It is the dream of every teacher to meet learners who are eager to acquire new knowledge and skills. Studies show that when learners want to learn, teacher satisfaction and student achievement is the result.
Who would not want to teach learners who are collaborative, respectful, and always seeking solutions to the problems they face in class? Here are 6 fun ways you can use to nurture energy, creativity, and charisma in your class.
1. Show Your Learners The Attributes You Want To See In Them
Teachers who are passionate about what they teach, naturally make their learners want to love the subject as well. Be the role model in your class. You are the leader and learners follow what they see more than what they are told.
It is counterproductive to behave in a certain way and expect your learners to do differently. If for instance, you have set a code of conduct and standards in your classroom, be at the forefront of respecting them. You will in the process model the same behavior in them.
2. Point Out And Reward Positive Student Behaviors
Many parents and teachers find it easier to look at the wrong things the student does. However, you have a better chance of helping the learner become a better student in your classroom by noticing and openly reinforcing positive behaviors every chance we get.
It is quite simple to praise positive behavior in the class but it is a powerful tool of motivating students to try to be good in whatever they do. Make sure you point out to the learner the specific behavior that you found impressive.
Have a discussion with them and let them tell you how they feel whenever they exhibit positive behavior. Taking time to talk about a positive behavior with him/her will stick in their mind and it will be a reminder to keep the good behavior.
3. Let Your Learners Know It Is Totally Fine To Make Mistakes
For far too long, society has frowned upon mistakes. In the classroom scenario, making a fuss about mistakes and speaking as if perfection is attainable makes learners lose confidence and some might even start being rebellious.
Tell learners that mistakes are part of learning and a mistake once made should be learned from. Normalizing mistakes help to eliminate stress and anxiety. This way students know they can be themselves. This is especially important for learners who are hyper-focused on doing everything perfectly. If such learners think they are about to make mistakes, they might freeze and refuse to participate.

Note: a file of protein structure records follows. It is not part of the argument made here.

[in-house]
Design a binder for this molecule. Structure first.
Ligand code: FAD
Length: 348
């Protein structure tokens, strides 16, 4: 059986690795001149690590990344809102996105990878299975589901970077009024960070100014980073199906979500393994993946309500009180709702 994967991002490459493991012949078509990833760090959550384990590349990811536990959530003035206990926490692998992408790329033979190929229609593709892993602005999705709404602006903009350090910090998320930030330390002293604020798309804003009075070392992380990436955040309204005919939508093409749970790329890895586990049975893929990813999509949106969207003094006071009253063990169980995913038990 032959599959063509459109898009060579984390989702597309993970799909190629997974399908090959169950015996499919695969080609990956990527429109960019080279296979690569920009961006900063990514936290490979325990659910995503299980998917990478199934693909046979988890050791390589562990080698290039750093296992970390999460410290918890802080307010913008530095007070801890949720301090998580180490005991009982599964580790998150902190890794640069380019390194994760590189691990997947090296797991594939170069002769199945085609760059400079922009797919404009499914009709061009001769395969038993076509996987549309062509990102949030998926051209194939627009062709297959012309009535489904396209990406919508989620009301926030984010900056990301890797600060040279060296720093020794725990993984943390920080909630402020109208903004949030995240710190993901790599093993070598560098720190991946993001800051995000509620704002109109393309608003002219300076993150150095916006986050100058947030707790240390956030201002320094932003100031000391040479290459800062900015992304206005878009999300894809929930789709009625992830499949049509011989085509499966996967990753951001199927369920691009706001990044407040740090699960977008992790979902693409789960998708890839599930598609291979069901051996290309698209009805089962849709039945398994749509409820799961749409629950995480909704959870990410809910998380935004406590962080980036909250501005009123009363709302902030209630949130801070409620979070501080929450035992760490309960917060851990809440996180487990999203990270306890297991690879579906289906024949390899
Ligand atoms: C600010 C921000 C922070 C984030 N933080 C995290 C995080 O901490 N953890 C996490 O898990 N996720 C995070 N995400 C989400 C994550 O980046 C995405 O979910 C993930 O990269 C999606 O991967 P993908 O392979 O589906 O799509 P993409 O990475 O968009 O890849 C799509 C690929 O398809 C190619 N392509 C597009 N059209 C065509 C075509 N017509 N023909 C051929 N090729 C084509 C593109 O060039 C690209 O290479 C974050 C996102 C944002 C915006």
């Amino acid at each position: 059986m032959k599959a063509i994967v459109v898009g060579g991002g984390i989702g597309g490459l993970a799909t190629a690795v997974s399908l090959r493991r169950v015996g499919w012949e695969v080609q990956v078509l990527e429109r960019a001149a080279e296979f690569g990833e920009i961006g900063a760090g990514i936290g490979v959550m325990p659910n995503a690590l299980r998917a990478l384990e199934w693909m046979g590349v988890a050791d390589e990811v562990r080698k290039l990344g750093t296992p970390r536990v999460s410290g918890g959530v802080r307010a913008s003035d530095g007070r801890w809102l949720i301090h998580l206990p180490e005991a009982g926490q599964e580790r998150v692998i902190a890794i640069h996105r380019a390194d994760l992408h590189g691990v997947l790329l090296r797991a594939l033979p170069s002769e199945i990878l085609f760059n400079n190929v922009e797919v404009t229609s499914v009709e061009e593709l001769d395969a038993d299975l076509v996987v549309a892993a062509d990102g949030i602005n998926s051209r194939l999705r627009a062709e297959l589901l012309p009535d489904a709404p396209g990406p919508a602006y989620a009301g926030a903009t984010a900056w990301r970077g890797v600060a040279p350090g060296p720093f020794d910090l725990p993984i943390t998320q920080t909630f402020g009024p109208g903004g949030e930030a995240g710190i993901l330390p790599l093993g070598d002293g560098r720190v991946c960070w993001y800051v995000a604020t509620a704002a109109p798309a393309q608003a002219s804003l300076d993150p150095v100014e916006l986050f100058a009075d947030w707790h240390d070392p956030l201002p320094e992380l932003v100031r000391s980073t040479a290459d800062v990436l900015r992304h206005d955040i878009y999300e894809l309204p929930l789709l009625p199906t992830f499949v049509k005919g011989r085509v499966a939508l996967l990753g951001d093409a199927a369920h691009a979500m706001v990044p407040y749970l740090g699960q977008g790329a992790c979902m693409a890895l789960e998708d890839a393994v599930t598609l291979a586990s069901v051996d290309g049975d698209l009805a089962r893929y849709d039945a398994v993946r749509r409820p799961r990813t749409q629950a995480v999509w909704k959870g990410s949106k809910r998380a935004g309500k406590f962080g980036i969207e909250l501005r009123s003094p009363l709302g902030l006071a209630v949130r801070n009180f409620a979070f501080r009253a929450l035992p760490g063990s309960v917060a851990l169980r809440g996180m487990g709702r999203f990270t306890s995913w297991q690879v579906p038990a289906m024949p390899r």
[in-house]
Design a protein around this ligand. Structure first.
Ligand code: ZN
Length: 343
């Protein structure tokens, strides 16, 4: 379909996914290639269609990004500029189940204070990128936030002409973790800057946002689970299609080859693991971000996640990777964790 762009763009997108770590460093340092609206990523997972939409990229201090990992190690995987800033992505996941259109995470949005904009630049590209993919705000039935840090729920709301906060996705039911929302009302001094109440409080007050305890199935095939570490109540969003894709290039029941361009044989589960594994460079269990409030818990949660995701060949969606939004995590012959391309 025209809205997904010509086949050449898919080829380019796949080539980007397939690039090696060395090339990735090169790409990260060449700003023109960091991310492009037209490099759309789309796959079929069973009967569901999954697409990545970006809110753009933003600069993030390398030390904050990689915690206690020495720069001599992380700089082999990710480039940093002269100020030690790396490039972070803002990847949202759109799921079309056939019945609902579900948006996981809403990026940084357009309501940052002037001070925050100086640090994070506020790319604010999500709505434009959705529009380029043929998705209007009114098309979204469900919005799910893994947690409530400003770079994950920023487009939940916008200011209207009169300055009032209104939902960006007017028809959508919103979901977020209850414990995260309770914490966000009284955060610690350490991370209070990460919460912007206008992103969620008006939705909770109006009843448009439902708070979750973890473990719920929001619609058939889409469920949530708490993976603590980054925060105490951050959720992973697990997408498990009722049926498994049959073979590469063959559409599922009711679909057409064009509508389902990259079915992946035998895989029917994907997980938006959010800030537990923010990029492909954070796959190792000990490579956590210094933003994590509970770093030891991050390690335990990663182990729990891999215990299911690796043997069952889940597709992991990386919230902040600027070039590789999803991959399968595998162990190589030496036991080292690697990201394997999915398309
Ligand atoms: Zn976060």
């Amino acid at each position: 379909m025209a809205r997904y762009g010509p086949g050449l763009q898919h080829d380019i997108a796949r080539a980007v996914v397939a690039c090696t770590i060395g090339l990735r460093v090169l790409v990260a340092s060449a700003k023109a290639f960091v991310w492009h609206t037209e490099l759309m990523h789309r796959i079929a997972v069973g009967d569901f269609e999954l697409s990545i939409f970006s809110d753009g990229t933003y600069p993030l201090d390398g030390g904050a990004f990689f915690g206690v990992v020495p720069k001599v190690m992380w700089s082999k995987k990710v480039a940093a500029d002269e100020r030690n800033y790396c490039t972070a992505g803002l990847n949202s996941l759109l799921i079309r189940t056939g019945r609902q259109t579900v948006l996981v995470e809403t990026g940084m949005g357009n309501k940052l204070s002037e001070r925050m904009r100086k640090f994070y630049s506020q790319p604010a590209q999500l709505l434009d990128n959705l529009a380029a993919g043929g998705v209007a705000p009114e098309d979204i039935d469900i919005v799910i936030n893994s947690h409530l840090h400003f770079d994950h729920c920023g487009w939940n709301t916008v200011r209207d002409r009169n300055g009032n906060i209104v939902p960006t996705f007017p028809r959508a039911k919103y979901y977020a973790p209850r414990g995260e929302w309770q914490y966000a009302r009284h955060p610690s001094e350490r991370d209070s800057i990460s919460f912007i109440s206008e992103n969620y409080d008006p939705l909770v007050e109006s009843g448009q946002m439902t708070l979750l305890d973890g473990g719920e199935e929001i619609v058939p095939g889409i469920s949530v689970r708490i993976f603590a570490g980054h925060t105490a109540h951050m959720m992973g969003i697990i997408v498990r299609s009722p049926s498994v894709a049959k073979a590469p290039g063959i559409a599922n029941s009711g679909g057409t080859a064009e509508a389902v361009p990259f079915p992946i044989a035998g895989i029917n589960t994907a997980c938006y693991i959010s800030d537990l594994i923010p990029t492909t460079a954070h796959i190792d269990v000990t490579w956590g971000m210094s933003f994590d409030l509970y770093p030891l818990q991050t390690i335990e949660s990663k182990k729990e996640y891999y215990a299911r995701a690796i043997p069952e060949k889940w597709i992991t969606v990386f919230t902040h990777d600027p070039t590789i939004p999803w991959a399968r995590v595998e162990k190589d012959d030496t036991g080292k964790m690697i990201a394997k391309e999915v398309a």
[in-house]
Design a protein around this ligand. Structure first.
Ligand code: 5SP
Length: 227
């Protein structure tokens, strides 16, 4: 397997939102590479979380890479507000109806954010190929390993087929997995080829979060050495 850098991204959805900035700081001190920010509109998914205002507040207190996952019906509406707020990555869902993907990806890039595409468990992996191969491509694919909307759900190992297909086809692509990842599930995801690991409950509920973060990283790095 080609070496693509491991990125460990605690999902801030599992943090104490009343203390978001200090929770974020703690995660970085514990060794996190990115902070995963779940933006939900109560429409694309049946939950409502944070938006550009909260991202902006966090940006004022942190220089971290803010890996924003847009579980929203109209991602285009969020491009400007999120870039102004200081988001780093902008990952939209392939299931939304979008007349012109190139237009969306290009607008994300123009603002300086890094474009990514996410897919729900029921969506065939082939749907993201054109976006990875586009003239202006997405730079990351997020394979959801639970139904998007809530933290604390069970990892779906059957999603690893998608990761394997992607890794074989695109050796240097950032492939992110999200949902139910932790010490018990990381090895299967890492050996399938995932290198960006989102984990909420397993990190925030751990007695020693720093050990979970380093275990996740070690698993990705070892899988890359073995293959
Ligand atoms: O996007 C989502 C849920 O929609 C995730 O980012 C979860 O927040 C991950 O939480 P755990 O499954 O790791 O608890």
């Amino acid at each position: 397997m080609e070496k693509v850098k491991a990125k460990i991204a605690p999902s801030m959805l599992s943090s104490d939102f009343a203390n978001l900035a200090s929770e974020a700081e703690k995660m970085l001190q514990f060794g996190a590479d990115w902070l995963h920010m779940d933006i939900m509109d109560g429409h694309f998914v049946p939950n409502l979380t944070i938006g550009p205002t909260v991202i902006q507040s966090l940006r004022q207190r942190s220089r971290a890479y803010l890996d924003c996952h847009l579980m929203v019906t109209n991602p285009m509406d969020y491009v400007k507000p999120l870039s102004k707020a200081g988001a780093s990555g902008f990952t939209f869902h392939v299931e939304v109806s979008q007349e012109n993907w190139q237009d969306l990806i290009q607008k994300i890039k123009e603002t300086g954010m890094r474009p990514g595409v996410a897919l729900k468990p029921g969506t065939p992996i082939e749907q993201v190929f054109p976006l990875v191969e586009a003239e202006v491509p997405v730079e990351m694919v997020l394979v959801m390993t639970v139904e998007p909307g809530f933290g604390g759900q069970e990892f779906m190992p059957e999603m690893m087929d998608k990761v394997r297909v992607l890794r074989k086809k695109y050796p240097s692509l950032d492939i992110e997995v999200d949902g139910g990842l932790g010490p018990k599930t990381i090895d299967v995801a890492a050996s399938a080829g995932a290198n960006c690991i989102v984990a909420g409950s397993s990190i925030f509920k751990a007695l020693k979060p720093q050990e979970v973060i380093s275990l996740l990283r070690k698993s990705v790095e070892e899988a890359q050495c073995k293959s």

Some students also do not like the idea of making mistakes in front of their peers. You can create a conducive learning environment for all these learners by carefully explaining to them that everyone including adults makes mistakes. In fact, in many cases, you can only do better by making mistakes and learning from them.
4. Self-Reflection And Mindfulness
Look back on your teaching strategies and the response of your students to each of them. When you sit back and assess how effective your teaching methods are, you get to see things that worked. Reflective teaching will help you to only focus on the teaching strategies that worked. Closely related to self-reflection is mindfulness.
When you are mindful, you are present mentally and your focus is on the work ahead of you. As a teacher, you want to be wholly present for your students. Work on daily meditation to help you stay positive and mindful throughout your working day.
When you exude a positive attitude, you are naturally demonstrating to your learners your expectations. Mindfulness also helps you to remain calm and communicate more effectively in your class. The result is stronger relationships and learners who are looking forward to your next class.
5. Cultivate A Positive Rapport With Students
Irrespective of the grade or level, students will be more cooperative and collaborative if they feel they share a cordial relationship with their teacher. Surprisingly, building a rapport with your students is almost effortless and the benefits are huge.
To the learner and the teacher equally. Think of the things you might want to do with your own kids and bring that to your students. You can show an interest in the learners’ hobbies, organize a lunch together, celebrate birthdays in class, and participating in extracurricular activities.
To encourage free communication among your learners, you can install a suggestion box. This way, you show you not only respect but also appreciate their input in the successful teaching and learning process.
6. Create An All-Inclusive Class To Make Both Introverts And Extroverts Feel At Home
Susan Cain in her book Quiet: The Power of Introverts in a World That Can’t Stop Talking pointed out that extroverts get their motivation and energy from interacting with other people while introverts, on the other hand, have their power from quiet places. Introverts what time alone to think and reflect.
In your class, you have these two types of learners and you must find ways for both groups to have fun and learn effectively. Have a combination of group discussions and sessions of quiet research. The group discussions will help the extroverts to thrive and gain energy and when the introverts are about to get drained introduce a session where learners can sit quietly and focus on individual research.
Even better, the best way is to offer learners options to learn on their own or work in groups. Be creative and let each learner thrive and bloom. That is the joy of every teacher.
Provide activities that engage and inspire your students to love learning and put their best foot forward. This way, you and the student will enjoy the process and find positive results.
Use these simple strategies and you have a huge potential to make your learners eager to be in class the next day. You will be more passionate about your work as a teacher.
Let us get in that classroom and light the fire!
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